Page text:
Even then and there, the truest love for thee.’
We walk in silence, while the autumn breeze blows my teardrops away. It just occurs to me that we’re in September.
“Wasn’t it unfair of Petőfi to expect his wife never to have another relationship if he died before her?” asks Paul.
“It was. After Petőfi died, his young widow re-married and many people were blaming her for that because of this poem. The poor woman was bullied and abused.”
“Petőfi is like Heathcliff in Wuthering Heights, but the other way,” says Paul. “I feel something similar too right now. True love has no boundaries.”
“And he died so young.”
“It’s weird that two of the Brontë sisters and Petőfi died within a year.”
“The sisters died of tuberculosis and Petőfi died fighting in the revolution. When they died Emily was thirty, Anne was twenty-nine, and Petőfi was only twenty-six. Can you imagine how the three of them would have changed world’s literature if they lived for another thirty or forty years?”
* * *
Let’s compare Petőfi’s poem in this excerpt to one of Emily Brontë’s:
Fall leaves fall die flowers away
Lengthen night and shorten day
Every leaf speaks bliss to me
Fluttering from the autumn tree
I shall smile when wreaths of snow
Blossom where the rose should grow
I shall sing when night’s decay
Ushers in a drearier day
The instinctive swiftness of this second poem is in stark contrast with the blurred weakness of the first one. This is not Petőfi’s fault. Unfortunately most of the beauty in Petőfi’s poem is lost in the translation above. I’m not saying it’s a bad translation; all I’m saying is that it’s an impossible task for any translator to achieve the same level of greatness.
Comparing and truly appreciating these poems written in two different languages is only possible if one reads or listens to the original ones with knowledge of both languages at mother tongue level.
Several other poems written by these two giants of literature boldly confront mortality and anticipate life after death. The most astonishing fact is that two of the greatest poets walking on Earth were writing their most beautiful poems in different languages at the same time.
The original title of my 2 books in 1 novel, THE SEX TOURIST, is SORORAL BONDS. In this book the two main ‘characters’ (and authors) are non-identical twins. In the beginning of Book Two one of them experiences twin telepathy.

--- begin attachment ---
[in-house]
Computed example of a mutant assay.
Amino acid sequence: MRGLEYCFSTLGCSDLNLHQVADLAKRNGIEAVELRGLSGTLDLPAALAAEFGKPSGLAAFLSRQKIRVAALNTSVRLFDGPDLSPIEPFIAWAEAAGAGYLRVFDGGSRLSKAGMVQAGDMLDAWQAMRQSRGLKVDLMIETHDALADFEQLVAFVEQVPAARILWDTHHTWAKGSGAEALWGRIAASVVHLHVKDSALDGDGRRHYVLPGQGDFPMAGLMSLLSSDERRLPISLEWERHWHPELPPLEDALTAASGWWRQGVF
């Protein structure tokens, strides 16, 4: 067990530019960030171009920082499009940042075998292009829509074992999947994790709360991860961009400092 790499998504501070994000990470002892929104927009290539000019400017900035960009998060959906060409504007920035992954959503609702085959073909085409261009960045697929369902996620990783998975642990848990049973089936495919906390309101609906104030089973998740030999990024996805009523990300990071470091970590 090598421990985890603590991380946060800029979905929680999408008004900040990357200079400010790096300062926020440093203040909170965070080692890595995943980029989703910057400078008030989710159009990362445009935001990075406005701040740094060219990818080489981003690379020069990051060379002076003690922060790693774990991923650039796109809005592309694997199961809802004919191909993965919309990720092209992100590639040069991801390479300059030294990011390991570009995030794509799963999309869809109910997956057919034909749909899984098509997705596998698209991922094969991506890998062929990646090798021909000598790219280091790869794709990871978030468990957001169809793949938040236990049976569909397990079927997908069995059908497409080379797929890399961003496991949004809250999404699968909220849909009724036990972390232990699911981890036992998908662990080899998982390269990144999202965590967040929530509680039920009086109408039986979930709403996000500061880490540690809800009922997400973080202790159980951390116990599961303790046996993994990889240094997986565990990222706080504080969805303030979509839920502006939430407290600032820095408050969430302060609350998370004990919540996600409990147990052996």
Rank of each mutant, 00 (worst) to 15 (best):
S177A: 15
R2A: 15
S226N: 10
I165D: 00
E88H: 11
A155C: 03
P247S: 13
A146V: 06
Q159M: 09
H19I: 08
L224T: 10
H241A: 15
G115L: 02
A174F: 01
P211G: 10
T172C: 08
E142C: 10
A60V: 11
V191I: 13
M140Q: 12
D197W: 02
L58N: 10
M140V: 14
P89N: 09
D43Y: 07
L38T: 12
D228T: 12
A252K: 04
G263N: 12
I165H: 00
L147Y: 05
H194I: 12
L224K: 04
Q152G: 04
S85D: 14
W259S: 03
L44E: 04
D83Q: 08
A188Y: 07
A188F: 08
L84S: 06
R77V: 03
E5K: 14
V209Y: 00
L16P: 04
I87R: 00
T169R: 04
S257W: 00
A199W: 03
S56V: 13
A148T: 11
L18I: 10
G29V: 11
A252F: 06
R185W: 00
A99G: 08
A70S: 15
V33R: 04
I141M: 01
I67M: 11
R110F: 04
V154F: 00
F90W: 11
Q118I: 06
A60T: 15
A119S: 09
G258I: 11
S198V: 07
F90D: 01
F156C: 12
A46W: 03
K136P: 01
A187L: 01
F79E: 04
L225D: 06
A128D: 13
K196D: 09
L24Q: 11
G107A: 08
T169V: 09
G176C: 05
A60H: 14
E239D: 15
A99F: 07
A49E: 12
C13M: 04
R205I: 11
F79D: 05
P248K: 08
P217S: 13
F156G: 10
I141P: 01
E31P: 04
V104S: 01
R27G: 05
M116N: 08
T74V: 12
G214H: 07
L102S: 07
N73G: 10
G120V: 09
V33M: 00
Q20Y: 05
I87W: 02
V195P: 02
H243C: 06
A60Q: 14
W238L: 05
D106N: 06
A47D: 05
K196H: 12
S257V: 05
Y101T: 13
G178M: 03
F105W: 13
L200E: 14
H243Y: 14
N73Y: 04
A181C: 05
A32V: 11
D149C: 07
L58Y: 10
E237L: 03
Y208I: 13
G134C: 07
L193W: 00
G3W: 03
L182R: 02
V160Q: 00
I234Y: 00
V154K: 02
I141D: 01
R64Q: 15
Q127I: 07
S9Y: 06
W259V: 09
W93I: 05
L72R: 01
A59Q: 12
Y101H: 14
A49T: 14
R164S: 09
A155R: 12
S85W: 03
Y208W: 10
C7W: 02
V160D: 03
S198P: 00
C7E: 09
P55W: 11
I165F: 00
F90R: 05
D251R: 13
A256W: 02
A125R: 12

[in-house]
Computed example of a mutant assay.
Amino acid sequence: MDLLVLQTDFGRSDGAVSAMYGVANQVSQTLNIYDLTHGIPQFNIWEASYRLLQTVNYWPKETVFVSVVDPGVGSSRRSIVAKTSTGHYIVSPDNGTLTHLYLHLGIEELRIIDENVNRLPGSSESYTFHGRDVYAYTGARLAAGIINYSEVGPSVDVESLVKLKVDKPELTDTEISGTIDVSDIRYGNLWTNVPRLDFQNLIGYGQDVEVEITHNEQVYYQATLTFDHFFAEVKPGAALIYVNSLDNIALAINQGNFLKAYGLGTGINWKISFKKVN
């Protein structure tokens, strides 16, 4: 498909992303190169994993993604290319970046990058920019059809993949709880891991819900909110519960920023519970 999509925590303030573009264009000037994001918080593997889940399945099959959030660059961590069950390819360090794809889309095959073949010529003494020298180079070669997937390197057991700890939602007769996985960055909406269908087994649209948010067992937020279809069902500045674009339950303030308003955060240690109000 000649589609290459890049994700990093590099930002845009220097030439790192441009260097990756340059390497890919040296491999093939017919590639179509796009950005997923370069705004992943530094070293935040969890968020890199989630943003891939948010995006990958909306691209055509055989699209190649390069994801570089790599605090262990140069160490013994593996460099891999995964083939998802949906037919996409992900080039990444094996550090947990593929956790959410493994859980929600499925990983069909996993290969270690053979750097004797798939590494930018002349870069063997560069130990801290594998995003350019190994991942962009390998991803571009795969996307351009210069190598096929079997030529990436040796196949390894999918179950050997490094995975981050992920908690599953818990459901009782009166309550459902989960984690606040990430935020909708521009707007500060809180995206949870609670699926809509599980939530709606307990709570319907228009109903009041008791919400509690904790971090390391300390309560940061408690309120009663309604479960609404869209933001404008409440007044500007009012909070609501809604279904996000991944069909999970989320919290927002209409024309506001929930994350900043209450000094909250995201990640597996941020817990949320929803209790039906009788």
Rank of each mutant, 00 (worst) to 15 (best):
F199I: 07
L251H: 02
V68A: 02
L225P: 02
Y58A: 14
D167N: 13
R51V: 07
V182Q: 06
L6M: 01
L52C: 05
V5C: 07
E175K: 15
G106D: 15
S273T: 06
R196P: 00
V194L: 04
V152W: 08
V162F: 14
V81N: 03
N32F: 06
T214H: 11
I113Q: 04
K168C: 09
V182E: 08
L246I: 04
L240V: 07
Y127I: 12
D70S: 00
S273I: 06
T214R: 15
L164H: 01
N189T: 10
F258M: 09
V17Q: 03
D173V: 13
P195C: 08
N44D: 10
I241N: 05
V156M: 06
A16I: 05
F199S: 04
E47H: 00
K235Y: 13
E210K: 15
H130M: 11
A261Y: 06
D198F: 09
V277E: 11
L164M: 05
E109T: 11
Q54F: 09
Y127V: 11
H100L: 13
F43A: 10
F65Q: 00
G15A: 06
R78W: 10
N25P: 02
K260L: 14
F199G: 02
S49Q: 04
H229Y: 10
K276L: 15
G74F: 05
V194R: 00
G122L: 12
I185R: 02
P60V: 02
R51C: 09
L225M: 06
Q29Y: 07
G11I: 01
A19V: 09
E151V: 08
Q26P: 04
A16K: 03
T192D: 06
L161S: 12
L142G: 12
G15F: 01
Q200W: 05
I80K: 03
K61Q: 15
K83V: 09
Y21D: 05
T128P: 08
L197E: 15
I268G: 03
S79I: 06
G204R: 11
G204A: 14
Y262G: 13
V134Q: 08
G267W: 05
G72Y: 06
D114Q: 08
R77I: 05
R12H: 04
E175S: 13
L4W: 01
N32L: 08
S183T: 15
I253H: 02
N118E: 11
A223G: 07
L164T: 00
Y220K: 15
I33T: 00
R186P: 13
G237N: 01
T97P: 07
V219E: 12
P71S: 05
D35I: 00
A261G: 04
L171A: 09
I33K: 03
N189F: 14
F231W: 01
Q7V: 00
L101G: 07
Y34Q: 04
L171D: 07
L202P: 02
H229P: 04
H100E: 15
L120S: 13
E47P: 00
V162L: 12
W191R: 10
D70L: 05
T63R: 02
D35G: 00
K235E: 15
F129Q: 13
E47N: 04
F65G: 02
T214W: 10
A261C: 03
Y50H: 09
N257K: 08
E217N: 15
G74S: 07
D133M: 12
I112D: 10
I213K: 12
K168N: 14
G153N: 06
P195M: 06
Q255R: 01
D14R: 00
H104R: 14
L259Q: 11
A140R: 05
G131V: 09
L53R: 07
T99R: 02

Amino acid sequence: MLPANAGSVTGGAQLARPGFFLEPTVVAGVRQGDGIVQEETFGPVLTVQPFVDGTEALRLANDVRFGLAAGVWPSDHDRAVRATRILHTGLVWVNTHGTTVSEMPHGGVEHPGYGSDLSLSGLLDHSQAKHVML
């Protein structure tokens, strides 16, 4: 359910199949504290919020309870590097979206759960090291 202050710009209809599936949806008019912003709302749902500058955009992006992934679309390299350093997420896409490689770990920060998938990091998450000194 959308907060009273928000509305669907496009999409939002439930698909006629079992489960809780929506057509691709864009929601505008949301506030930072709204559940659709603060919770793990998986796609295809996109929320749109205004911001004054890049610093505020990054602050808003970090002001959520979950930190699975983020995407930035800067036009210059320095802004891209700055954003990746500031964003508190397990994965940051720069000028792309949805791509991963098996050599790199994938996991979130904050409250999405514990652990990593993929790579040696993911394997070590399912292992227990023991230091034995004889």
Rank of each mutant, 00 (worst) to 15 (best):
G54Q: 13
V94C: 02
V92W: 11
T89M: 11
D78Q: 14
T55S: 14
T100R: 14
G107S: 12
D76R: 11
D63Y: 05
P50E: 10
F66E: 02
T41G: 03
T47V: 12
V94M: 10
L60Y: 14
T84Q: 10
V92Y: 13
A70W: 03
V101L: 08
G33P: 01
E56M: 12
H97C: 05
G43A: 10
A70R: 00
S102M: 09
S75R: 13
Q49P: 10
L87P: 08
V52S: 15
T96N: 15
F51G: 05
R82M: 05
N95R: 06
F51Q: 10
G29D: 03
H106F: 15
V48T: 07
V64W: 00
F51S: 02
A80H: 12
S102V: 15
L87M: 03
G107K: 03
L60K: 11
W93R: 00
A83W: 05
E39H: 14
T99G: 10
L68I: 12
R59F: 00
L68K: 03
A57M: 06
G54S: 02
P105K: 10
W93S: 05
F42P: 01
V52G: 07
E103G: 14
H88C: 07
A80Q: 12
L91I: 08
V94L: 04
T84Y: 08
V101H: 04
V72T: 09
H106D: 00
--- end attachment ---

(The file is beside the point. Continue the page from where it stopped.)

Female non-identical twins should be called sororal twins (soror is for sister in Latin). Non-identical twins are called fraternal twins, but this is correct only if both siblings are male, as frater is for brother in Latin. When the gender of the twins is different they are obviously non-identical.
Identical, or monozygotic, twins are the result of one egg being fertilized and then splitting in two. Identical twins have the same DNA and normally look very much alike. They are always of the same gender. Here are some examples of twin telepathy of identical twins:
- A Texas man sat down with a stabbing pain in the heart while shopping, only to find out later that his twin brother had been shot in the heart in New York.
- One sister had a bike accident and broke her ankle, and a mysterious swelling showed up on her twin’s ankle at the same time, although she wasn’t indulging in any physical activity at the time.
- One baby would cry profusely, bringing his mother’s attention to the other twin, who was sleeping in another crib, suffering from high fever.
I found these at http://www.buzzle.com/articles/twin-telepathy.html, but there are many more examples.
One might think that having the same DNA is the deciding factor in the formation of a twin bond, but the nine months spent together in the womb could have a much greater role in it. In those crucial months they go through the whole evolutionary development getting ever closer to one another. Memories from the womb are very rare, but they do exist on a subconscious level. These twins are completely aware of each other once they enter the world.
The bond forged in the womb could get much stronger if twins grow up together. Losing a loved one is a tremendously painful and horrible experience, but losing a beloved twin is always a life changing event for “left behind” siblings. Thoughts about their twin dominate the rest of their lives even years or decades after the event. It causes regular moments of uncontrollable sorrow. Whether identical or not, the connection that twins share can never completely be understood by anyone else.
Look who’s reading SORORAL BONDS! It is the original edition of THE SEX TOURIST with the exact same content!